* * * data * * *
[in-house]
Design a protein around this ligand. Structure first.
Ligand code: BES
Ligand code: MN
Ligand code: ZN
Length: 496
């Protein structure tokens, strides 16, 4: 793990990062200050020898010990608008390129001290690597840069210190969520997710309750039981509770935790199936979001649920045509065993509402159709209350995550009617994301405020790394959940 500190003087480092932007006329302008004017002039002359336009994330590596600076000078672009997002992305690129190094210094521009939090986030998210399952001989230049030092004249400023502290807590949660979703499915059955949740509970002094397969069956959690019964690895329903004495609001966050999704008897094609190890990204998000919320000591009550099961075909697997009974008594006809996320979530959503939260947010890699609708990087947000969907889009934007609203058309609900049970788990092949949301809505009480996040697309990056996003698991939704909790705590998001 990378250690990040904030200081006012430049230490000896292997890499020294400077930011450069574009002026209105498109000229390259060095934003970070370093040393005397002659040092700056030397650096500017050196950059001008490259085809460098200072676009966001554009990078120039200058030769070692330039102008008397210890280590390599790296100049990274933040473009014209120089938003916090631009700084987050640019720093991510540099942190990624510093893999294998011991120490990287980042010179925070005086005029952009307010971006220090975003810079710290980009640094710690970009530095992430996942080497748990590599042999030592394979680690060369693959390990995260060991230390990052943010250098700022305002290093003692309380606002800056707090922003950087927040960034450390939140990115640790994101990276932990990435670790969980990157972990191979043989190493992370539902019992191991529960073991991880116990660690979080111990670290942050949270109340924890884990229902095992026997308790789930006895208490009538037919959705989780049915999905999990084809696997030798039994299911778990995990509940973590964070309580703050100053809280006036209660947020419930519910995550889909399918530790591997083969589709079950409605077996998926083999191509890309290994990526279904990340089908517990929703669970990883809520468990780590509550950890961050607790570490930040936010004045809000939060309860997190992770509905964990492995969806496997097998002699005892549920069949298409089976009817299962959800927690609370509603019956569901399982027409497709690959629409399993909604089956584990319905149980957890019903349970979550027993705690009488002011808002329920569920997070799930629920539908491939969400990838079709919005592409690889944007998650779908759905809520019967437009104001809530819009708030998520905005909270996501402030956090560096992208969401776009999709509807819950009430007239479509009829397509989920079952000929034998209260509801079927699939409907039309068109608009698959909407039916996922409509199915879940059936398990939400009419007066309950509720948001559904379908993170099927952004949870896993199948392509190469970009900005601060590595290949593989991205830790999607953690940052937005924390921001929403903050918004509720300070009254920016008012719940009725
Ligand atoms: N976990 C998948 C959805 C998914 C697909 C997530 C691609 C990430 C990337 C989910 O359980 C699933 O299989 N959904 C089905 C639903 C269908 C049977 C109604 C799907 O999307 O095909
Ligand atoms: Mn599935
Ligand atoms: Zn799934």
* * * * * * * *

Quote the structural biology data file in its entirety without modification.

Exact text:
[in-house]
Design a protein around this ligand. Structure first.
Ligand code: BES
Ligand code: MN
Ligand code: ZN
Length: 496
């Protein structure tokens, strides 16, 4: 793990990062200050020898010990608008390129001290690597840069210190969520997710309750039981509770935790199936979001649920045509065993509402159709209350995550009617994301405020790394959940 500190003087480092932007006329302008004017002039002359336009994330590596600076000078672009997002992305690129190094210094521009939090986030998210399952001989230049030092004249400023502290807590949660979703499915059955949740509970002094397969069956959690019964690895329903004495609001966050999704008897094609190890990204998000919320000591009550099961075909697997009974008594006809996320979530959503939260947010890699609708990087947000969907889009934007609203058309609900049970788990092949949301809505009480996040697309990056996003698991939704909790705590998001 990378250690990040904030200081006012430049230490000896292997890499020294400077930011450069574009002026209105498109000229390259060095934003970070370093040393005397002659040092700056030397650096500017050196950059001008490259085809460098200072676009966001554009990078120039200058030769070692330039102008008397210890280590390599790296100049990274933040473009014209120089938003916090631009700084987050640019720093991510540099942190990624510093893999294998011991120490990287980042010179925070005086005029952009307010971006220090975003810079710290980009640094710690970009530095992430996942080497748990590599042999030592394979680690060369693959390990995260060991230390990052943010250098700022305002290093003692309380606002800056707090922003950087927040960034450390939140990115640790994101990276932990990435670790969980990157972990191979043989190493992370539902019992191991529960073991991880116990660690979080111990670290942050949270109340924890884990229902095992026997308790789930006895208490009538037919959705989780049915999905999990084809696997030798039994299911778990995990509940973590964070309580703050100053809280006036209660947020419930519910995550889909399918530790591997083969589709079950409605077996998926083999191509890309290994990526279904990340089908517990929703669970990883809520468990780590509550950890961050607790570490930040936010004045809000939060309860997190992770509905964990492995969806496997097998002699005892549920069949298409089976009817299962959800927690609370509603019956569901399982027409497709690959629409399993909604089956584990319905149980957890019903349970979550027993705690009488002011808002329920569920997070799930629920539908491939969400990838079709919005592409690889944007998650779908759905809520019967437009104001809530819009708030998520905005909270996501402030956090560096992208969401776009999709509807819950009430007239479509009829397509989920079952000929034998209260509801079927699939409907039309068109608009698959909407039916996922409509199915879940059936398990939400009419007066309950509720948001559904379908993170099927952004949870896993199948392509190469970009900005601060590595290949593989991205830790999607953690940052937005924390921001929403903050918004509720300070009254920016008012719940009725
Ligand atoms: N976990 C998948 C959805 C998914 C697909 C997530 C691609 C990430 C990337 C989910 O359980 C699933 O299989 N959904 C089905 C639903 C269908 C049977 C109604 C799907 O999307 O095909
Ligand atoms: Mn599935
Ligand atoms: Zn799934």